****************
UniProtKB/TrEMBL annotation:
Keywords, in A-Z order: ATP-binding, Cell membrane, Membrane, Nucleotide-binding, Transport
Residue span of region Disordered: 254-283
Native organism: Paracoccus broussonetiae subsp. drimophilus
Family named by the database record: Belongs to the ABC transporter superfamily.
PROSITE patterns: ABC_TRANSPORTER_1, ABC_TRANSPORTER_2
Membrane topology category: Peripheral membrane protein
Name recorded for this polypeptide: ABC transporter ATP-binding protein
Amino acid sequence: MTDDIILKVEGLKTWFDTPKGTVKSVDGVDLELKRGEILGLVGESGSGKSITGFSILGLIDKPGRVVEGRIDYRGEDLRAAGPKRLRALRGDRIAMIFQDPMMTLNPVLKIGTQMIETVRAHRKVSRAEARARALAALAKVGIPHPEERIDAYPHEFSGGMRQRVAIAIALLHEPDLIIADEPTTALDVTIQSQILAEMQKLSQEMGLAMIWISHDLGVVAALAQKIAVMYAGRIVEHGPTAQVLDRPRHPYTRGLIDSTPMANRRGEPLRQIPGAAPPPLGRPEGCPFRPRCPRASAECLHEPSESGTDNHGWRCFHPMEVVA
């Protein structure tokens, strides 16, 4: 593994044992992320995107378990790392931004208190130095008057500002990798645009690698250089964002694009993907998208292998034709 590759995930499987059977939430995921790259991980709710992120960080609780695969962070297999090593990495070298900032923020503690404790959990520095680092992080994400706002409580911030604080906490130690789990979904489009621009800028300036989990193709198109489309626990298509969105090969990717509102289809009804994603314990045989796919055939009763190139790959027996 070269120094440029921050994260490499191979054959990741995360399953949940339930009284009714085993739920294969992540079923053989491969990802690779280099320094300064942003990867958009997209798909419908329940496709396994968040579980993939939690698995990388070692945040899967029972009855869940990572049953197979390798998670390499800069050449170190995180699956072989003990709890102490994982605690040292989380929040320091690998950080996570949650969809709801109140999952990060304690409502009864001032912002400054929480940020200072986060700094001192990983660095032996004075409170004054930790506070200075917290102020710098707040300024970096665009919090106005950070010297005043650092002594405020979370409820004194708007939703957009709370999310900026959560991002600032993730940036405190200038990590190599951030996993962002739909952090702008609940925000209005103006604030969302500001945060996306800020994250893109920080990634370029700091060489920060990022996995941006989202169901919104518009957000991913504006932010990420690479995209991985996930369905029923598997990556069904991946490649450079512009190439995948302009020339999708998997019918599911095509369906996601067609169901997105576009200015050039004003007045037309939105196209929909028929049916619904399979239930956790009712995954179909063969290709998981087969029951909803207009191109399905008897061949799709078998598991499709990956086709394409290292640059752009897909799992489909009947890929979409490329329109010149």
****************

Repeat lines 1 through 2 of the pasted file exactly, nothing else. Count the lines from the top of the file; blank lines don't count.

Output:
UniProtKB/TrEMBL annotation:
Keywords, in A-Z order: ATP-binding, Cell membrane, Membrane, Nucleotide-binding, Transport